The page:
Metabolism and Excretion of Chemotherapy Drugs

Metabolism of Chemotherapy Drugs

Metabolism is the biotransformation of a drug within the body into other molecular species known as metabolites. The liver is the primary site of metabolism for many drugs, the cells involved being those of the smooth endoplasmic reticulum.

One way in which the liver processes drugs is acetylation, the addition of an acetyl group to the molecule. Some people are fast acetylators and some people are slow acetylators. This is determined genetically. Slow acetylators may suffer toxic effects because more of the drug reaches their bloodstream. Fast acetylators may process drugs too rapidly for them to benefit from the drug’s intended therapeutic effects.

There are two main phases of metabolism. In Phase I the drug undergoes catabolic reactions such as hydrolysis, reduction, oxidation, and condensation. Some of the resulting substances (metabolites) can be pharmacologically active in themselves. Indeed, one strategy in drug delivery is to give the patient a biologically inactive “pro-drug” which the body breaks down into an active form during this phase. Enzymes involved in Phase I are mainly the cytochrome P450 family of enzymes, which are mainly contained in the liver.

In Phase II the drug undergoes a conjugation reaction that forms a covalent linkage with an endogenous substance such as glucuronic acid, phosphoadenosyl phosphosulfate, glutathione, amino acids, acetyl-CoA or S-adenosyl-methionine. These reactions involve the polar functional groups of products of Phase 1 metabolism. The resulting substances from the Phase II reactions are for the most part pharmacologically inactive. Biotransformation of drugs to hydrophilic molecules results in their being more easily excreted from the body. Drug metabolism is affected by age, sex, genetics, intestinal flora, enterohepatic circulation and nutritional status.

Excretion of Chemotherapy Drugs

Excretion occurs mainly either via the kidneys or the bile. Kidney health and capacity is important for renally excreted drugs. This is termed clearance, which is a measurement of renal excretion ability and is important in estimating correct long-term drug dosing. Measurements of clearance are per unit time.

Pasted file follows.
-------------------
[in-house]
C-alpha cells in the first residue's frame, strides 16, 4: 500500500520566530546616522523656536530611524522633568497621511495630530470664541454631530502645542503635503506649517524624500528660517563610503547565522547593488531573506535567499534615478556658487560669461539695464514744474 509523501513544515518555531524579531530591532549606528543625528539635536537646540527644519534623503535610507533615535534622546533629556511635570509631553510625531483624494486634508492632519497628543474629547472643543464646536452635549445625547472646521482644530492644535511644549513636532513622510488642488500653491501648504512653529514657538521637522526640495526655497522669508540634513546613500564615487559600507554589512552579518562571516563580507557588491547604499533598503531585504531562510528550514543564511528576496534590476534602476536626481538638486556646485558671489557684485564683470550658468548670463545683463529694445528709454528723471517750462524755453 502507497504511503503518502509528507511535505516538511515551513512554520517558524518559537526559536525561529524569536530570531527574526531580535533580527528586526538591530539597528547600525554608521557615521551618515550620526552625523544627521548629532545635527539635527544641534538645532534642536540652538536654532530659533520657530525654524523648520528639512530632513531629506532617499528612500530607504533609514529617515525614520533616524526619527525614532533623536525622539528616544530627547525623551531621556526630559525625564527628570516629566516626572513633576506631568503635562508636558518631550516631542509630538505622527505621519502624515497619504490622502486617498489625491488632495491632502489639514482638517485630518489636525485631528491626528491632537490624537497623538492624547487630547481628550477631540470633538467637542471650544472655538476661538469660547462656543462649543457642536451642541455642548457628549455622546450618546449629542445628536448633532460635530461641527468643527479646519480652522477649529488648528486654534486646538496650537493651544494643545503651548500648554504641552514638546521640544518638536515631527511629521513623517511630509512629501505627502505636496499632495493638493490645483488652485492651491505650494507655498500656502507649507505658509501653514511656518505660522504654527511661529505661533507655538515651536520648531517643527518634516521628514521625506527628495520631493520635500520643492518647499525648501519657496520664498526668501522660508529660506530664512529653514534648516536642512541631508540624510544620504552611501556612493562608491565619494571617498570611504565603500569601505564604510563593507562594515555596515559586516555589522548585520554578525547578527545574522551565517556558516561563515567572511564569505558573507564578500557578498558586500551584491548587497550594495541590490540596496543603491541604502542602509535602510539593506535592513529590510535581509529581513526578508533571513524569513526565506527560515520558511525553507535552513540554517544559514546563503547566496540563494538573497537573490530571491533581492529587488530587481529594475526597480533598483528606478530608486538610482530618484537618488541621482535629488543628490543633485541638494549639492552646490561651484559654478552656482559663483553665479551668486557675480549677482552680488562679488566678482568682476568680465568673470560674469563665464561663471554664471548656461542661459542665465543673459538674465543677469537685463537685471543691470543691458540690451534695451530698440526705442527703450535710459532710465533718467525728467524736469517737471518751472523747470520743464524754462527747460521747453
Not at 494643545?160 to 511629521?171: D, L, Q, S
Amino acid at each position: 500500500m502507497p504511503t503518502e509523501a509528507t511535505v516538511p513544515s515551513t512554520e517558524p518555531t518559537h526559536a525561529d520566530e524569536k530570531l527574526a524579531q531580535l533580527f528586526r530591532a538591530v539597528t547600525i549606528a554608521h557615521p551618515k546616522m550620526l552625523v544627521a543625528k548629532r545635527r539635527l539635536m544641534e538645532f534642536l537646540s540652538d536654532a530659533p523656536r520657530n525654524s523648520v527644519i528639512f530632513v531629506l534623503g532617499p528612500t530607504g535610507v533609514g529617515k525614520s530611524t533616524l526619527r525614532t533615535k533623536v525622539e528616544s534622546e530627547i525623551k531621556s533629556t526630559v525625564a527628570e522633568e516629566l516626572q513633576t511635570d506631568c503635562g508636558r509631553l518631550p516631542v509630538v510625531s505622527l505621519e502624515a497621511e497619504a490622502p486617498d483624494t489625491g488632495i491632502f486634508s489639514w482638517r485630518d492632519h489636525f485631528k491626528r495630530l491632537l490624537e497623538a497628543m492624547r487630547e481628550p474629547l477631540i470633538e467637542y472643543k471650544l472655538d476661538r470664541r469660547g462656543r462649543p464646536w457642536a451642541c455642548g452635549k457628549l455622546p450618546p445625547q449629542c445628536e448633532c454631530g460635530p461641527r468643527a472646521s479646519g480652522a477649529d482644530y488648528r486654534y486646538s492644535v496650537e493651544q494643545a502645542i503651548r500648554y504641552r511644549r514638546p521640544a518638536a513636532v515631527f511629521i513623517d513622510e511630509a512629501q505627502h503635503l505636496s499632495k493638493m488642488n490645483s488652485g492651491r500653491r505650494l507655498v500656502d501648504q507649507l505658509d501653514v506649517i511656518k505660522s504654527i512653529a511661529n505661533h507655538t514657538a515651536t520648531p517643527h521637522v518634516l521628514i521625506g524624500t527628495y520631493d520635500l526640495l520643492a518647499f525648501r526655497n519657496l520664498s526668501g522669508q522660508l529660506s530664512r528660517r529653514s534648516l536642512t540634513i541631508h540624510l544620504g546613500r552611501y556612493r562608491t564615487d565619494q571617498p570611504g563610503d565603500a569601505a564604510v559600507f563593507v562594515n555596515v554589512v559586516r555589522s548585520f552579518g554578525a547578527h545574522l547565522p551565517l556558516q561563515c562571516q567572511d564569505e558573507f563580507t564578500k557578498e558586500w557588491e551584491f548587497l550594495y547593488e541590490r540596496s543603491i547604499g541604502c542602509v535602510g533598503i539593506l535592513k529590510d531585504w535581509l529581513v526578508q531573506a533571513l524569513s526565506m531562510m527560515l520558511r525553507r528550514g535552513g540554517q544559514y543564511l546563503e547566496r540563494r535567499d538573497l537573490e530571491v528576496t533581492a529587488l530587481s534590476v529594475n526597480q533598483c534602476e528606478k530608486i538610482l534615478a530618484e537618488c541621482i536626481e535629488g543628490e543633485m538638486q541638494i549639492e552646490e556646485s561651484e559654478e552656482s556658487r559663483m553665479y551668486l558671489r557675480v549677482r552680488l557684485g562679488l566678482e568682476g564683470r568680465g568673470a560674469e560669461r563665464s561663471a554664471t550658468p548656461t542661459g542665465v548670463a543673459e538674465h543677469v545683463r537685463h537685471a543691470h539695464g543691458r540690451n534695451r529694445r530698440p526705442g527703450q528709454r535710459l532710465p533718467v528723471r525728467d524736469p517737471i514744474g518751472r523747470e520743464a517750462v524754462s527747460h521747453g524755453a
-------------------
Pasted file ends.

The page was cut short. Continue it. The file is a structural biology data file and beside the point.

The processes of renal clearance include secretion, filtration by the glomerulus and passive reabsorption of the drug back into the blood. Passage through the liver makes metabolites more polar and therefore more water soluble; the resulting metabolites are then more easily excreted via the kidney system.

Clearance, CL, can be calculated by multiplying the elimination constant, kel by the volume of distribution, Vd , thus:

CLt = kel x Vd

Creatinine is a substance that is filtered by the kidney but not reabsorbed, and can therefore be used to estimate glomerular filtration  rate. It will parallel any changes in secretion and reabsorption.

Creatinine clearance is abbreviated as CLcr where CL = rate of elimination.

Creatinine clearance in a new patient can be deduced by using the known CLcr / Kel relationship to estimate the elimination rate constant. This enables the physician to calculate a suitable dosage of a drug for that patient.

The half life of a drug is the time it takes for the amount of drug to reduce by one half during elimination. Most drugs are prescribed to be taken or administered at fixed intervals over a period of time. If the drug has a short half life, the dosing interval needs to be more frequent in order to achieve the therapeutic objective.

Urinary pH affects drug reabsorption and excretion.  Ph of urine can vary from 4.5 to 8.